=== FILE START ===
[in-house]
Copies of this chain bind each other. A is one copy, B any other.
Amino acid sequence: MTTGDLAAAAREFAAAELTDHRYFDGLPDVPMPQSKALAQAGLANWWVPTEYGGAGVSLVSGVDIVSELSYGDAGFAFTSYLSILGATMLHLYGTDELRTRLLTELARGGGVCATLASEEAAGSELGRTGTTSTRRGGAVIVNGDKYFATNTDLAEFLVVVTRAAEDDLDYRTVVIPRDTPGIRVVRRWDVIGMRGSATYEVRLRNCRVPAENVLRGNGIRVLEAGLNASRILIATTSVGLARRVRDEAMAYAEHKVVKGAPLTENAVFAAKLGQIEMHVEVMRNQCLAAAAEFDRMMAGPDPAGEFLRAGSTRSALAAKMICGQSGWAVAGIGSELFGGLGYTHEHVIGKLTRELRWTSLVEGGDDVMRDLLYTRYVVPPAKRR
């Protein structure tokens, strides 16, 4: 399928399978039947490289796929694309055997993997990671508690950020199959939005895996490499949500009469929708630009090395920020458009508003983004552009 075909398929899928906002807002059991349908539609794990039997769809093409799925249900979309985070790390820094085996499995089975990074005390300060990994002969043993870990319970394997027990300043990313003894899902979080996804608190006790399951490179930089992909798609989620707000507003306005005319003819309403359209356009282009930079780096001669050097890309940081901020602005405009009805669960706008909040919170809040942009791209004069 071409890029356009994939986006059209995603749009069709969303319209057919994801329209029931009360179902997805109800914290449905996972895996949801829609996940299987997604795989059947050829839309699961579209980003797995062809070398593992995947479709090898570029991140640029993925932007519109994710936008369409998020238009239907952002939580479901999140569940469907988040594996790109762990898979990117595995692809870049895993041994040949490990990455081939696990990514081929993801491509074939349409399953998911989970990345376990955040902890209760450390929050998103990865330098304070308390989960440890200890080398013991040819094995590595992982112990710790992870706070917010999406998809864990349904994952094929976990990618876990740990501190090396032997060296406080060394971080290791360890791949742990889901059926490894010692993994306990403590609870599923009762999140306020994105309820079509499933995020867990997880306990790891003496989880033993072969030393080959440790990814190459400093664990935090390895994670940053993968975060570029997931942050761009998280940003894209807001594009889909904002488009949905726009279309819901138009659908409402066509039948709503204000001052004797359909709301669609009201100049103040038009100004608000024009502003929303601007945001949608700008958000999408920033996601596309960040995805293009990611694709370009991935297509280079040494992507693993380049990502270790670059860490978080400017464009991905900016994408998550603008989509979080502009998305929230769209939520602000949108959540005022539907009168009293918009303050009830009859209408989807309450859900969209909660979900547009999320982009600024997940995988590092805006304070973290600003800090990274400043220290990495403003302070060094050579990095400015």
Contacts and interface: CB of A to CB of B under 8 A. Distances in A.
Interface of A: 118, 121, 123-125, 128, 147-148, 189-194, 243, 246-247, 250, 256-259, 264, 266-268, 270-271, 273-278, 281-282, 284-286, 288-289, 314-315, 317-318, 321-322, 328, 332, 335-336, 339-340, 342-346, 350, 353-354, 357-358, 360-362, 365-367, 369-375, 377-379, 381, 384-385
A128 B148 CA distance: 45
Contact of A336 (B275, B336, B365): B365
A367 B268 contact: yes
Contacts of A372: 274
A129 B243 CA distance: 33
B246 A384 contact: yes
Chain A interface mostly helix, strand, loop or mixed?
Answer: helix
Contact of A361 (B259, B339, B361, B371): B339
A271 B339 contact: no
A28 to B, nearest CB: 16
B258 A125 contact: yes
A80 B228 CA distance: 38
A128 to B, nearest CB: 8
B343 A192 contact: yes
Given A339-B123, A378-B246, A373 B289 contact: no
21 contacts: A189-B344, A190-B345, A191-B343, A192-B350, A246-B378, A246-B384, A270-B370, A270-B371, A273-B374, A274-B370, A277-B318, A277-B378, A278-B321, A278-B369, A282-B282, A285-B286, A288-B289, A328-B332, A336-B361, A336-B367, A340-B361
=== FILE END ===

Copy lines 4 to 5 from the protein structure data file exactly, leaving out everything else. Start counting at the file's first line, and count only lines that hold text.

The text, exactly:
């Protein structure tokens, strides 16, 4: 399928399978039947490289796929694309055997993997990671508690950020199959939005895996490499949500009469929708630009090395920020458009508003983004552009 075909398929899928906002807002059991349908539609794990039997769809093409799925249900979309985070790390820094085996499995089975990074005390300060990994002969043993870990319970394997027990300043990313003894899902979080996804608190006790399951490179930089992909798609989620707000507003306005005319003819309403359209356009282009930079780096001669050097890309940081901020602005405009009805669960706008909040919170809040942009791209004069 071409890029356009994939986006059209995603749009069709969303319209057919994801329209029931009360179902997805109800914290449905996972895996949801829609996940299987997604795989059947050829839309699961579209980003797995062809070398593992995947479709090898570029991140640029993925932007519109994710936008369409998020238009239907952002939580479901999140569940469907988040594996790109762990898979990117595995692809870049895993041994040949490990990455081939696990990514081929993801491509074939349409399953998911989970990345376990955040902890209760450390929050998103990865330098304070308390989960440890200890080398013991040819094995590595992982112990710790992870706070917010999406998809864990349904994952094929976990990618876990740990501190090396032997060296406080060394971080290791360890791949742990889901059926490894010692993994306990403590609870599923009762999140306020994105309820079509499933995020867990997880306990790891003496989880033993072969030393080959440790990814190459400093664990935090390895994670940053993968975060570029997931942050761009998280940003894209807001594009889909904002488009949905726009279309819901138009659908409402066509039948709503204000001052004797359909709301669609009201100049103040038009100004608000024009502003929303601007945001949608700008958000999408920033996601596309960040995805293009990611694709370009991935297509280079040494992507693993380049990502270790670059860490978080400017464009991905900016994408998550603008989509979080502009998305929230769209939520602000949108959540005022539907009168009293918009303050009830009859209408989807309450859900969209909660979900547009999320982009600024997940995988590092805006304070973290600003800090990274400043220290990495403003302070060094050579990095400015």
Contacts and interface: CB of A to CB of B under 8 A. Distances in A.